Thursday, March 28, 2013
Allow me to start with a story about the author of "My Toughest Faceoff," Brent Peterson.
Way back in 1981, the Red Wings and Sabres completed a massive, stunning trade. Veterans Danny Gare, Jim Schoenfeld, Derek Smith and Bob Sauve were sent to Detroit. As a radio reporter at the time, I was sad to see those guys go, because they were all friendly and chatty to the media. Who would replace them?
Dale McCourt was a big part of the package coming to Buffalo, and he was cooperative. Mike Foligno never saw a microphone he didn't like, so that was good. But the unknown quantity in the deal was the not-so-well-known Brent Peterson. No one had much of a chance to talk to him before.
Peterson worked out fine. He fit right in on the checking line, and teamed up with Craig Ramsay on penalty-killing. You could say he was a replacement for the departed Don Luce, with some of the offensive skills. I'm not sure the Sabres had a better faceoff man after that, possibly until Paul Gaustad arrived.
In the meantime, Peterson turned out to be a fine interview, always ready to speak to the media. He was a good analyst of the team and the game, to the point where we could have guessed he'd be a coach someday.
That turned out to be the case. He eventually became an assistant coach with the Nashville Predators. Anyone who dealt with Peterson professionally or personally was upset to hear a while ago that he had contracted Parkinson's disease. It forced him to switch jobs with the Predators.
But don't feel sorry for Peterson, because he doesn't feel sorry for himself. He's doing the best he can to kick away gloom and excuses, and his spirit and good nature come across nicely in this autobiography.
The book probably can be split into two parts. The first half, more or less, is about his playing and coaching days. There are the usual good stories told about teammates and personalities, lightly told and fun to read. In fact, a few more tales probably would have been a nice addition.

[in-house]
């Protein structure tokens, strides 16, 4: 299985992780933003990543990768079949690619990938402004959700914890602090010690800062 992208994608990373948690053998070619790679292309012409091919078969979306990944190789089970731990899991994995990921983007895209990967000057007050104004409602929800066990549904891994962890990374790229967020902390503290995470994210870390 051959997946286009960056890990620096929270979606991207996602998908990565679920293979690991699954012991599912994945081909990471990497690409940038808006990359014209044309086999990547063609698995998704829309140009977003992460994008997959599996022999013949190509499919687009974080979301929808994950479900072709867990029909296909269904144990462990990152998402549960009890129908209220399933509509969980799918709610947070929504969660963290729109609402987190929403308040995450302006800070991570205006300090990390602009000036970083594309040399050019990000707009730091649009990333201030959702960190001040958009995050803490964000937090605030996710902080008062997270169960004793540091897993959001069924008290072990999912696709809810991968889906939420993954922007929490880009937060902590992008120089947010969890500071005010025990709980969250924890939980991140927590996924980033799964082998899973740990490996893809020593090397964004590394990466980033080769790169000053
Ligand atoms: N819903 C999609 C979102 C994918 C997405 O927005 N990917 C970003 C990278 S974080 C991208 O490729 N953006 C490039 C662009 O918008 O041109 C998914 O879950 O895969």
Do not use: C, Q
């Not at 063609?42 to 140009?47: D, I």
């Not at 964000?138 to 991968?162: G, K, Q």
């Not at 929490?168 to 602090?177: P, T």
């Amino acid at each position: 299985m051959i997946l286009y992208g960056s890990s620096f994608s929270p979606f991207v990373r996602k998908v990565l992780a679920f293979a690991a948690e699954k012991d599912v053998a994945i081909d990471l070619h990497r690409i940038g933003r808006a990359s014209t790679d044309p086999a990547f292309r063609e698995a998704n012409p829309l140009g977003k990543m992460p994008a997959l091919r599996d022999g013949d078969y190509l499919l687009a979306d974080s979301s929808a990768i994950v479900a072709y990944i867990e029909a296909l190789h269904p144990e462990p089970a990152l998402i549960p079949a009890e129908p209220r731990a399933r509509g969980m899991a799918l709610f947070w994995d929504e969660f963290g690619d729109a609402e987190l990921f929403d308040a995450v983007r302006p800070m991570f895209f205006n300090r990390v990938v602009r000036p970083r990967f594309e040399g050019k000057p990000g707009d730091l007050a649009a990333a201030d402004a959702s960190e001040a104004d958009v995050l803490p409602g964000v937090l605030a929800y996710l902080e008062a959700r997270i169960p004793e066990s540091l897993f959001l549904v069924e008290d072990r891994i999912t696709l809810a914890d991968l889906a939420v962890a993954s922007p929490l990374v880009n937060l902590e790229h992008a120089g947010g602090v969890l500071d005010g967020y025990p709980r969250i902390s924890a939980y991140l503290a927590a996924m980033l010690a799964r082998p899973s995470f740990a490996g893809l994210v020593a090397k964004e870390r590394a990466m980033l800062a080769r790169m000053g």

But then Peterson notices that he's just not feeling right, that his muscles are acting in an unpredictable way. Doctors confirmed that Parkinson's diagnosis. Peterson knew that the disease would only get worse over time, and did not have a cure.
We read a book like this to find out, "What's it like?" In Parkinson's case, it's difficult. Peterson fully explains what he was feeling as the months went by. There are highs and lows, of course, even to someone this upbeat. He's particularly good at describing a series of operations designed to improve his motor skills, even if it involves drilling holes in his head and running wires to a control device on his chest, That sounds gruesome, but it has improved his quality of life quite a bit since he was done. Some credit certainly goes to co-author Jim Diamond for helping out on this project.
Peterson was always good in community relations, and he decided to set up his own foundation to raise money to fight Parkinson's. That involves a golf tournament and other events. In fact, this book's proceeds go in their entirety to that fund.
"My Toughest Faceoff" obviously has an appeal to the good hockey fans of Nashville as well as other locations where Peterson is remembered. It should cross over to others, too. The book is short and to the point, plus professionally done. Looks like Peterson won this draw pretty easily.
Learn more about this book.
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